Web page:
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Broker-specific Brexit report looks at “significant uncertainty” post-exit | Insurance Business

A new report addressing the “significant uncertainty” around the ability of intermediaries to place and service European risk from the UK post-Brexit has been launched today.

The research, conducted by the London and International Insurance Brokers’ Association (LIIBA) and consultancy EY, looks at the regulation for intermediaries and the authorisation process in 10 of the key countries in the EU.

So far, the spotlight has been on the decisions of underwriting firms as to how they will navigate a post-Brexit marketplace, but the broking industry faces “major challenges,” Christopher Croft, CEO of LIIBA, said in a statement.

“We are working closely with members to help them make the right contingency plan to protect the interests of their clients. That may require them to create a subsidiary entity in EU. This report will help them choose the most appropriate location for that entity,” he said.

“We all know that there needs to be a solution found for contract continuity – so that clients with policies in play as the UK leaves the EU are not disadvantaged. We support the call from the CEO of the FCA for a single, official solution to this, rather than leaving firms to fend for themselves. But we also need to ensure that the flow of business into London can continue whatever the outcome of the negotiations. This report will support our members’ plans to achieve that.”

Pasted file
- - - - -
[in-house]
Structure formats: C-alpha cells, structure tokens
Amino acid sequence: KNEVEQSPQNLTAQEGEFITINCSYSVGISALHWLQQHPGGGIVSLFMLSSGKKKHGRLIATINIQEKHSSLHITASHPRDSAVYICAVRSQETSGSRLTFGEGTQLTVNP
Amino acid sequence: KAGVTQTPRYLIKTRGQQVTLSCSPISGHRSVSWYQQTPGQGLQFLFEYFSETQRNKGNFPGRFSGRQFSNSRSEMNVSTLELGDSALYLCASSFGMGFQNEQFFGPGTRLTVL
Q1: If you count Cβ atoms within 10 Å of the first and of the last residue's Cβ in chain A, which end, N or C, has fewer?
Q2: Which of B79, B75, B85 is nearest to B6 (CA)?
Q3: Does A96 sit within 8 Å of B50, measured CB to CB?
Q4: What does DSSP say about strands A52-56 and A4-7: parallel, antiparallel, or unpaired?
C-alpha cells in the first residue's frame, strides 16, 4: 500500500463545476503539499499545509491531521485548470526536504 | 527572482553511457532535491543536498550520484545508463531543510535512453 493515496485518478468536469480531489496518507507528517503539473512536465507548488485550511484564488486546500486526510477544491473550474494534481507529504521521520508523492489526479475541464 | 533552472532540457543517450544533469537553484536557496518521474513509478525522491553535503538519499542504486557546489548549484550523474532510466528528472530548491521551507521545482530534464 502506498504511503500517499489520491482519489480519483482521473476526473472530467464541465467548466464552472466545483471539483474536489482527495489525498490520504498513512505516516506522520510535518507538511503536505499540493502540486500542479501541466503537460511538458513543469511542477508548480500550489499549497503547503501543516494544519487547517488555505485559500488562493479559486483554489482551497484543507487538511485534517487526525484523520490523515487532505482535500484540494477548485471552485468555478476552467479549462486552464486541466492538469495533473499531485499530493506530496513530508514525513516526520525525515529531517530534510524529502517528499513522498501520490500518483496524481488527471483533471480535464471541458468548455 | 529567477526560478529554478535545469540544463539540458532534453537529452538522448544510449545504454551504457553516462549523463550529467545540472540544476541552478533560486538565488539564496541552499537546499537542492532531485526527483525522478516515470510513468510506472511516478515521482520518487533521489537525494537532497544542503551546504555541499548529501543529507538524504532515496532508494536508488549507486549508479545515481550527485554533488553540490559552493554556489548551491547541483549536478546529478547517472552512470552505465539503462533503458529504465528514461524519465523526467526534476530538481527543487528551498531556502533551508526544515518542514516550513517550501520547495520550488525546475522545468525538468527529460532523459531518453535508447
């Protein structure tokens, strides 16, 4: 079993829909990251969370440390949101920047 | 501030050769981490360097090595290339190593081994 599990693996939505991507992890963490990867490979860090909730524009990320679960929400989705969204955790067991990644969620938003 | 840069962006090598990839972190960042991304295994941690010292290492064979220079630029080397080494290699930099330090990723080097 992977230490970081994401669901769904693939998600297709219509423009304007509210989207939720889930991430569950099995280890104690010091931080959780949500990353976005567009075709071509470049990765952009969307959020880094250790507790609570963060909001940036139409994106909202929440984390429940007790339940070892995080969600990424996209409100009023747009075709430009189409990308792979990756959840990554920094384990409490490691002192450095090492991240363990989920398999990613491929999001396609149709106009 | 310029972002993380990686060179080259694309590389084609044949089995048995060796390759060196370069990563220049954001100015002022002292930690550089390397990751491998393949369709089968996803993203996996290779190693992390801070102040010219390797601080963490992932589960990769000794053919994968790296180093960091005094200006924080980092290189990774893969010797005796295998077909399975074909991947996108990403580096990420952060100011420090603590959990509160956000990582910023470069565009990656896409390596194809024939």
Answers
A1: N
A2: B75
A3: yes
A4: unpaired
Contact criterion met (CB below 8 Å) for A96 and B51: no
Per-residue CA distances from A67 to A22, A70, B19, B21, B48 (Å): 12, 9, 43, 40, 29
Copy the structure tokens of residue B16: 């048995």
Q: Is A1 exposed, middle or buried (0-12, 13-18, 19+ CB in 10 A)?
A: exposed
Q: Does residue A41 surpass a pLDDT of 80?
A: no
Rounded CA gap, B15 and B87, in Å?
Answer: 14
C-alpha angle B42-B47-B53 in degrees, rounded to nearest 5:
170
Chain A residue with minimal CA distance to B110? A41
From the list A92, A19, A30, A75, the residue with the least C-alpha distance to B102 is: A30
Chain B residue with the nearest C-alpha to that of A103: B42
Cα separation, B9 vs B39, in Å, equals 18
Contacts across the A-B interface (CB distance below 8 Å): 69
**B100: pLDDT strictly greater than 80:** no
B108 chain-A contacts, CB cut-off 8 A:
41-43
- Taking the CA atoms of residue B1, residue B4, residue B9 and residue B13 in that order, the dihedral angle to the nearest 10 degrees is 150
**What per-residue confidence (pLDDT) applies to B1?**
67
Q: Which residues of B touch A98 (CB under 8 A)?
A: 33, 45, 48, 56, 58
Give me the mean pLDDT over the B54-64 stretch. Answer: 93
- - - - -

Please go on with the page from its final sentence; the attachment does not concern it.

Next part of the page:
EY’s UK insurance Brexit leader Benedict Reid said that brokers have a “fundamental role” to play in maintaining client service and insurance trade flows between the EU27 and the UK post-Brexit.

“This should be front of mind for brokers. It is essential that Brexit plans are connected across the entire value chain – from client to broker to insurer and reinsurer – to avoid a situation where business cannot be placed with newly-authorised underwriting entities,” Reid said.

He continued: “If brokers do not move with pace, they risk not being ready to trade with underwriters’ new entities, which could result in disruption to their clients, their trading partners and their own businesses.

“As underwriting firms continue to develop their Brexit plans, brokers should expect significant volumes of communication which will enable them to align with new models, and for their clients to be transferred to a new European or UK legal entity if required.  Time is now very short for those brokers who need to develop their plans for authorisation to continue trading cross-border with the EU27.”

 

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